In June 2011 the plans for both Tesco and the town centre development were approved in addition to an extension to the Dalton park development in Murton, but the Morrisons submission for North Blunts were refused.


The owners of the town centre launched an appeal against the decision on the Tesco and Dalton Park sites and then went on to tie them up in long legal battle which ended up being dismissed by the High Courts in February 2013.


Tesco had already spent £11million pounds in buying the site, which confirmed their commitment to the build, however they backed out in 2015 and perhaps this was due to the delay caused by the legal action. 


Peterlee had been left with no supermarket and lost out on the 400 jobs it would have created.  The site was left to become an even bigger eyesore and continued to attract anti-social behaviour.  A year after Morrisons had their plans for Peterlee rejected, Morrisons built a supermarket at Dalton Park, only to later back out and the potential of 700 much needed jobs in East Durham had been lost.  In addition, the town centre owners did not start the build for their own supermarket. 


Councillor McDonnell confirmed that the only significant development in Peterlee Town Centre had been Costa Coffee, and it had been secured by substantial investment by Asda.


Councillor McDonnell was not surprised that a campaign against the application had been started by the town centre, who had stated that should the retail park be approved, it would result in empty shops, less choice, and fewer jobs.  In response to these submissions, Councillor McDonnell advised that there were already empty shops, many of the shops which vacated the town centre were charity shops and should the development not be approved, there had been confirmation that two of the larger stores approaching the end of their lease would not be renewing. 


Many people were in favour of the development and the location was technically in the town centre and would bring more visitors to Peterlee Town Centre. Councillor McDonnell stated that she believed this council will do the right thing for the people of the town and approve this much needed development.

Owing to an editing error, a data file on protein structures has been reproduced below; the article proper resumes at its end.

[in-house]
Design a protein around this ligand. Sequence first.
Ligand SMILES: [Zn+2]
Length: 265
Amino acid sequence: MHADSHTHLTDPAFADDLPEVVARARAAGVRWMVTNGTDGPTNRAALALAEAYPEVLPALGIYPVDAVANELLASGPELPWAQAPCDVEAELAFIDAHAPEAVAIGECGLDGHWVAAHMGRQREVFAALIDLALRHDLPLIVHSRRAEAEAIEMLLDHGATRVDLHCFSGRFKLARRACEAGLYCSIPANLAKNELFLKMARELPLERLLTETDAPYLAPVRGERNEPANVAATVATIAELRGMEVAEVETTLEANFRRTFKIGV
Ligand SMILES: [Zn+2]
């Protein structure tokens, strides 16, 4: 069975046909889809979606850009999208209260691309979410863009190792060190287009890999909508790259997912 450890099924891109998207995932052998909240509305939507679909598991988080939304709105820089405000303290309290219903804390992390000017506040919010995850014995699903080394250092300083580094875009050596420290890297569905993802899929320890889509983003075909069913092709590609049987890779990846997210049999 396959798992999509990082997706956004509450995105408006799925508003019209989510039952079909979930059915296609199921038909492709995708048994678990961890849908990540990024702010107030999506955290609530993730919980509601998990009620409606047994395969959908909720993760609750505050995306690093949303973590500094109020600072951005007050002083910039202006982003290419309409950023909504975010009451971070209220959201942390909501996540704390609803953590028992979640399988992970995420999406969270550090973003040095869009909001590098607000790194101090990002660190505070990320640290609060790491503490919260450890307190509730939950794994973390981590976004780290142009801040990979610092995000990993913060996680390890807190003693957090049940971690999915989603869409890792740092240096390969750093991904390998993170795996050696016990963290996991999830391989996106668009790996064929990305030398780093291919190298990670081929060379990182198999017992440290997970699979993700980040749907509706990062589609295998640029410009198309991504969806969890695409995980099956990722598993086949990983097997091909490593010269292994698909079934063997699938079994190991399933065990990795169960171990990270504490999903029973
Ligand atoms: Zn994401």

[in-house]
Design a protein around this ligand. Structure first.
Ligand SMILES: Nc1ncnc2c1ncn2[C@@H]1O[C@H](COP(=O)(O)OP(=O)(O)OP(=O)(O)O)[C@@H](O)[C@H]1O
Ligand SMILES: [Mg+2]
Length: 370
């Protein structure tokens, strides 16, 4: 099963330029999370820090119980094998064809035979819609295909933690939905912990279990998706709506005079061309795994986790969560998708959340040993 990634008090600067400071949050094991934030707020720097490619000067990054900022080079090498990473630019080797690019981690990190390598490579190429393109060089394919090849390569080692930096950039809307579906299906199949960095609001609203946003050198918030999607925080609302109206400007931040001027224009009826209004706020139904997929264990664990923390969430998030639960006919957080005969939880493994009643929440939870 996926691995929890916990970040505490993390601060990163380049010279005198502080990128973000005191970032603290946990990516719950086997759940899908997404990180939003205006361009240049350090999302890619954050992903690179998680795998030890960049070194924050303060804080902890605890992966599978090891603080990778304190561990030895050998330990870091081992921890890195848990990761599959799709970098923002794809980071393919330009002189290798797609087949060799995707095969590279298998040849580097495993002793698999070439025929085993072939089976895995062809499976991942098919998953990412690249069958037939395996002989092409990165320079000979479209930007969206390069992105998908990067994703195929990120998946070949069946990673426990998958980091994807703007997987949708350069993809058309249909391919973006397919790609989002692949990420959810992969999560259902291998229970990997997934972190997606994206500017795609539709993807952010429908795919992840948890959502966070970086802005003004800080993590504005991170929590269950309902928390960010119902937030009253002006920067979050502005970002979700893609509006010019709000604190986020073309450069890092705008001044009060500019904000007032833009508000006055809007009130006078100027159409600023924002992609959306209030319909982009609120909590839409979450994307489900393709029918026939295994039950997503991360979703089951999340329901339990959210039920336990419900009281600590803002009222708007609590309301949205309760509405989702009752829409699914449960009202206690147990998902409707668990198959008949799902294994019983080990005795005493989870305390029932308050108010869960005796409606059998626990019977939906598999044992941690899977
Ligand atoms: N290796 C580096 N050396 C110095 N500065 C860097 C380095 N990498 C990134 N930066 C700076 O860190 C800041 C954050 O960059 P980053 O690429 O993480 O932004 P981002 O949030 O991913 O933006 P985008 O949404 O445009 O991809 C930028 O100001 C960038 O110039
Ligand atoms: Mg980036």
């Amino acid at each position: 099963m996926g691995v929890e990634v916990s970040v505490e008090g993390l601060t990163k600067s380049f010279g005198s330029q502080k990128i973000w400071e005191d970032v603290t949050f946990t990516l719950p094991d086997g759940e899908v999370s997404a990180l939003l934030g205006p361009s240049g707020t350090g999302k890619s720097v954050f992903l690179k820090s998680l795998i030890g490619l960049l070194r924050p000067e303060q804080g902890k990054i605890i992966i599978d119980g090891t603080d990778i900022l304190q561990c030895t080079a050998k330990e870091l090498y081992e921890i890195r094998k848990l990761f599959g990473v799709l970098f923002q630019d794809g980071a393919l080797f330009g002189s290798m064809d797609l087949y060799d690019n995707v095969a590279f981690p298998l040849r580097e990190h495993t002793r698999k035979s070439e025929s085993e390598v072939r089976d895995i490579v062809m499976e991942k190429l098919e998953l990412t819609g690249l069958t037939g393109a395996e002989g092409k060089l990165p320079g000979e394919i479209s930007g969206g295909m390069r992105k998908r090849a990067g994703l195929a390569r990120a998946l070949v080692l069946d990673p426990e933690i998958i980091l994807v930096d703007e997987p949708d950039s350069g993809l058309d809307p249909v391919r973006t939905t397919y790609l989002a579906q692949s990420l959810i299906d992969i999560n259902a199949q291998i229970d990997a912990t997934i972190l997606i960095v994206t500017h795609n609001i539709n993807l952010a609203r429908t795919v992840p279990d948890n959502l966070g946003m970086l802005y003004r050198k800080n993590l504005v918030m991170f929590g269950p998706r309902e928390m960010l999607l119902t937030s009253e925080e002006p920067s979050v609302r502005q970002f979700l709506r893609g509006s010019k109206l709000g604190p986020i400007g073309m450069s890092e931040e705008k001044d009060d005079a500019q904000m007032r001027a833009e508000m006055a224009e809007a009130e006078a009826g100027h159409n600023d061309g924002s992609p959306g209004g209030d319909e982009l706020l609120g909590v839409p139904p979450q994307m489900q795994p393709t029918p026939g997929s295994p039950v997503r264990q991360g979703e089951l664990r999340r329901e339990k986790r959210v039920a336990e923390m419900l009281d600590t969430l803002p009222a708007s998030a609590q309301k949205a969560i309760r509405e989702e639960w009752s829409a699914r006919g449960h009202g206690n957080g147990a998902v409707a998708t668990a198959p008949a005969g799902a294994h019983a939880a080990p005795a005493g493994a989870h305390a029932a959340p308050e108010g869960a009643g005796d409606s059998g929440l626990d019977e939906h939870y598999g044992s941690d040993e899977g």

Finally, Councillor McDonnell addressed the town centre owners and asked that should the application be approved, rather than launch an appeal, invest the time and money into the town centre and make it a more attractive place for visitors and retailers.  If improvements were not made, more retailers and customers would be lost.


H Arnell spoke on behalf of Castle Dene Shopping Centre, in objection to the proposed development.  Despite some of the expressed views, the owners were committed to the town centre and had worked hard, despite the challenges in retail nationally, to improve facilities.  They wanted to work with the Council to improve the town centre’s offer, which would not happen should the application be approved.  This proposal would lead to the irreversible decline or the Council could commit to working with the town centre to make it a viable destination.  She did not intend to outline all of the submissions as they had been put forward by letter, however she wanted to outline that the proposal would have a devastating impact and would result in store closures and job losses which would not be offset by the proposal. 


Ms Arnell confirmed that this proposal was not the same as the Tesco proposal as this amounted to poaching or replicating existing provision whereas Tesco would have provided something different.  B&M Bargains and Costa would cease trading in the town centre, should the application be approved.  She therefore requested that a condition be imposed if the Committee were minded to approve, to place restrictions on the developers to prevent poaching for a five year period.